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Project Notes

#536 Power OK Indicator

Testing a simple Schmitt Trigger power OK indicator using a 74HC14.

Build

Notes

A practical “power OK” indicator is a signal that ideally:

  • provides a clear “ON” signal a short time after power is available (to allow for startup fluctuations etc)
  • immediately asserts an “OFF” signal once power is removed

The circuit demonstrated here is based on Experiment #125 from ARRL’s Hands-On Radio Experiments Volume 3.

Features of the circuit:

  • the time constant of the R2=1MΩ, C1=1µF RC circuit provide the startup delay. These values are very large so that the effect is quite obvious.
  • The hysteresis of a Schmitt Trigger is used here to provide a clear de-bounced startup signal
  • The switch in the circuit is used to simulate power on/off.
  • The LED and current-limiting resistor simulate a load

Is this circuit suitable for real use as-is? No - it is just a demonstration of some core principles and has a number of simplifications that wouldn’t match a practical application:

  • power loss may not cause the the positive power rail to be grounded. In this situation, there’s no path for rapid discharge.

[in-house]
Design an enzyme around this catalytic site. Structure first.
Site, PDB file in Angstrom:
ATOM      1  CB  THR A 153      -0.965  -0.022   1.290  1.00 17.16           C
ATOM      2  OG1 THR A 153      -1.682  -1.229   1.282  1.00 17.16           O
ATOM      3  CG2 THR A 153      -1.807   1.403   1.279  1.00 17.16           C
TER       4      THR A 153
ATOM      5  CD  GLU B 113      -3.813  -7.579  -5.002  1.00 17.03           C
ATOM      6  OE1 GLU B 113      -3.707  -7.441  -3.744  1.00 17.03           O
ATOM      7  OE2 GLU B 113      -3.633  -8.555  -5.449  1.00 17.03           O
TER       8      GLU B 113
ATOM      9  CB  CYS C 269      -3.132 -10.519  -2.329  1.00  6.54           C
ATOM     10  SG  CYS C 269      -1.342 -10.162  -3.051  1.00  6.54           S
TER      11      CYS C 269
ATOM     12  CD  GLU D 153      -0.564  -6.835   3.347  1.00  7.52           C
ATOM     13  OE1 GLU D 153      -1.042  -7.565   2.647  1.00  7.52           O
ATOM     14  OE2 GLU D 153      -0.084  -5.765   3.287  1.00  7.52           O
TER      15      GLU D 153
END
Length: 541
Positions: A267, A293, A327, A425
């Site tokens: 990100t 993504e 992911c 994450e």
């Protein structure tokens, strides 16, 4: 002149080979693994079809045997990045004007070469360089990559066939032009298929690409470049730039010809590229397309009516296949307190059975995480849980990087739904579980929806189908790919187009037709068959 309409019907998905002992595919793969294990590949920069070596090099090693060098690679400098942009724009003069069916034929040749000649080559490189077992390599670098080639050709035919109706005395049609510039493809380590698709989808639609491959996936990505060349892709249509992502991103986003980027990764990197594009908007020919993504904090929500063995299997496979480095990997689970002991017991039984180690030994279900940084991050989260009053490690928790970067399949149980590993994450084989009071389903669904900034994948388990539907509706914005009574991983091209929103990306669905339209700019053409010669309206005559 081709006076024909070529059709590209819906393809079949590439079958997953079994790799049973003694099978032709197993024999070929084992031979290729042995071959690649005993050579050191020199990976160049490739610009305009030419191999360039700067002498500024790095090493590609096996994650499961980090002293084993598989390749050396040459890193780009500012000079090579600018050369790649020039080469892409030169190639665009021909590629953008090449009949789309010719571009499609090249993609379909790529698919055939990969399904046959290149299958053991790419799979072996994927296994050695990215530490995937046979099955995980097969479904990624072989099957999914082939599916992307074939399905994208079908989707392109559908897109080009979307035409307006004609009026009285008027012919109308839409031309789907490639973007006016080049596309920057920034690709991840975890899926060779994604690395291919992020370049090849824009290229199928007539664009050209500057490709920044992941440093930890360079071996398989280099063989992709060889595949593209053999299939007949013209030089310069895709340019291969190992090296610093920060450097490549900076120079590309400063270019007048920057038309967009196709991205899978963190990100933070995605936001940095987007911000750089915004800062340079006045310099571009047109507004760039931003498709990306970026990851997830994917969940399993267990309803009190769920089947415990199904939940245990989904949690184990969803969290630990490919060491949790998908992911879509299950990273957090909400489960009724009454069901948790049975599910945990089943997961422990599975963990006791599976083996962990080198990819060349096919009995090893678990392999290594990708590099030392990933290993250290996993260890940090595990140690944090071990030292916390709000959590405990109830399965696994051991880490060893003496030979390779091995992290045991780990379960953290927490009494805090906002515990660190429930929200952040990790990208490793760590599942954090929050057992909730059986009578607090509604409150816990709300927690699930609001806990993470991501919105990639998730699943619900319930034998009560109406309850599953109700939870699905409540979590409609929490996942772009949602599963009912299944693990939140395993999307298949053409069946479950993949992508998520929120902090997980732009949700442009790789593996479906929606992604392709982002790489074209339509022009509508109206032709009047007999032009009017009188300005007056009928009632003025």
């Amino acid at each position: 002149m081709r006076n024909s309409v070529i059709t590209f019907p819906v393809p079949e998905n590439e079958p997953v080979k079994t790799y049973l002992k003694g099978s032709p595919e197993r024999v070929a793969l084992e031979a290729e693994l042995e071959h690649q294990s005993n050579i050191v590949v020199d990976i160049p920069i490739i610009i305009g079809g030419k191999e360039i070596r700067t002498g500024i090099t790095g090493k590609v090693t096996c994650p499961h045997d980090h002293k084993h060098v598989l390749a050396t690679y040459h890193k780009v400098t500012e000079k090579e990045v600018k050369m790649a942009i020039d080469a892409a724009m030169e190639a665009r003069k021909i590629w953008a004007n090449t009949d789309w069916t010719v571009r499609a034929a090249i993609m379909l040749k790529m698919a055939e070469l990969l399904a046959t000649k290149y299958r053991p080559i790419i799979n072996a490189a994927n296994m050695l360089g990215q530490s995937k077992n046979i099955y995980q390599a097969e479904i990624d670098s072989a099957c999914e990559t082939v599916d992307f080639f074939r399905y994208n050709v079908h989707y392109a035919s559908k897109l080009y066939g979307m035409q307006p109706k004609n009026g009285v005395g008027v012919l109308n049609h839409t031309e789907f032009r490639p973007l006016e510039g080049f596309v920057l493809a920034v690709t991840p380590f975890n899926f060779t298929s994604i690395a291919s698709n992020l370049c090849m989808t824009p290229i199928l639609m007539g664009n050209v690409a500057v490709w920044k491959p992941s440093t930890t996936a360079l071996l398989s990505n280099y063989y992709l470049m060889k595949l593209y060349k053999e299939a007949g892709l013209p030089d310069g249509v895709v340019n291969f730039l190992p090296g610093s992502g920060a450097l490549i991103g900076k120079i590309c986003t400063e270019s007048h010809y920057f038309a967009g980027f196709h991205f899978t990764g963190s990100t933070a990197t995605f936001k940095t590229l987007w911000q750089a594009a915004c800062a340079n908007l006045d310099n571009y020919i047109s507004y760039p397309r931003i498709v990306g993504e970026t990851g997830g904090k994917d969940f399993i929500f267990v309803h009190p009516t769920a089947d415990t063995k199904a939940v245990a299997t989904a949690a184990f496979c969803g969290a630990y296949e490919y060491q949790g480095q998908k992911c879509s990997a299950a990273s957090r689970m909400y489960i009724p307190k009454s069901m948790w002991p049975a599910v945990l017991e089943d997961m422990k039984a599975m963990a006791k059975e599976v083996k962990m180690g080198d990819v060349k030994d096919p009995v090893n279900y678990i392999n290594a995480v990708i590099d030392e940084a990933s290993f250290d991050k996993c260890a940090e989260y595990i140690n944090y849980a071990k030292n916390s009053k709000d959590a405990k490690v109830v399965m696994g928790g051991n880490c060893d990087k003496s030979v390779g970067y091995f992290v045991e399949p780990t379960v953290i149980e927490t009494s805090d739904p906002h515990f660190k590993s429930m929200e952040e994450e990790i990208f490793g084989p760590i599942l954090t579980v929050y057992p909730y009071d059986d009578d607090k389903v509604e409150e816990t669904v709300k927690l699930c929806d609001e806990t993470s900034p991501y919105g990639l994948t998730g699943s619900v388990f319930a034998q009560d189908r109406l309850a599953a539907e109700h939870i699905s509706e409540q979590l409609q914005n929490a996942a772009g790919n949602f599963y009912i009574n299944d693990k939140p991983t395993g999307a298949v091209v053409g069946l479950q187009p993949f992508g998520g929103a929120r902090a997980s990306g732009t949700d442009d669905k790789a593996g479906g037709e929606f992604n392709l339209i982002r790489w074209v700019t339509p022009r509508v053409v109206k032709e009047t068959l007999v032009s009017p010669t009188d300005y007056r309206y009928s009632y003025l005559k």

• the 74HC14 always has power in this circuit, whereas in reality it would probably also lose power. A power reservoir for the 74HC14 would allow the the inverter to assert a positive low signal for some time after main power is lost.

Construction

Breadboard

Schematic

Behaviour

The on-off cycle is captured in the following scope trace where

  • CH1 (Yellow) - switch output
  • CH2 (Blue) - inverter input
  • CH3 (Red) - output

scope

Build

Credits and References

About LEAP#536 SchmittCMOS/TTL
Project Source on GitHub Project Gallery Return to the LEAP Catalog

This page is a web-friendly rendering of my project notes shared in the LEAP GitHub repository.

LEAP is my personal collection of electronics projects, usually involving an Arduino or other microprocessor in one way or another. Some are full-blown projects, while many are trivial breadboard experiments, intended to learn and explore something interesting (IMHO!).

The projects are usually inspired by things found wild on the net, or ideas from the sources such as:

Feel free to borrow liberally, and if you spot any issues do let me know. See the individual projects for credits where due. There are even now a few projects contributed by others - send your own over in a pull request if you would also like to add to this collection.